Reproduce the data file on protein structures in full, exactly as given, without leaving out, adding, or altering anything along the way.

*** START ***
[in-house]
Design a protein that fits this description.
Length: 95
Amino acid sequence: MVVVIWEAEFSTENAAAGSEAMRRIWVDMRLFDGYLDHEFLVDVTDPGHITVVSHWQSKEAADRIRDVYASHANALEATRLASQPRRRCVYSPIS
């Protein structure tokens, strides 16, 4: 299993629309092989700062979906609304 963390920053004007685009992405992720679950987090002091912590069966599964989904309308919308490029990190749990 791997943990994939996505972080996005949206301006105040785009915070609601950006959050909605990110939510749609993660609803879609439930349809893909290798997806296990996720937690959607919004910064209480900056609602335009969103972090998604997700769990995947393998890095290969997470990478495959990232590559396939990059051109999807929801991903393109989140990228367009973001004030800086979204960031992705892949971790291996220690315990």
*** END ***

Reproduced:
[in-house]
Design a protein that fits this description.
Length: 95
Amino acid sequence: MVVVIWEAEFSTENAAAGSEAMRRIWVDMRLFDGYLDHEFLVDVTDPGHITVVSHWQSKEAADRIRDVYASHANALEATRLASQPRRRCVYSPIS
């Protein structure tokens, strides 16, 4: 299993629309092989700062979906609304 963390920053004007685009992405992720679950987090002091912590069966599964989904309308919308490029990190749990 791997943990994939996505972080996005949206301006105040785009915070609601950006959050909605990110939510749609993660609803879609439930349809893909290798997806296990996720937690959607919004910064209480900056609602335009969103972090998604997700769990995947393998890095290969997470990478495959990232590559396939990059051109999807929801991903393109989140990228367009973001004030800086979204960031992705892949971790291996220690315990």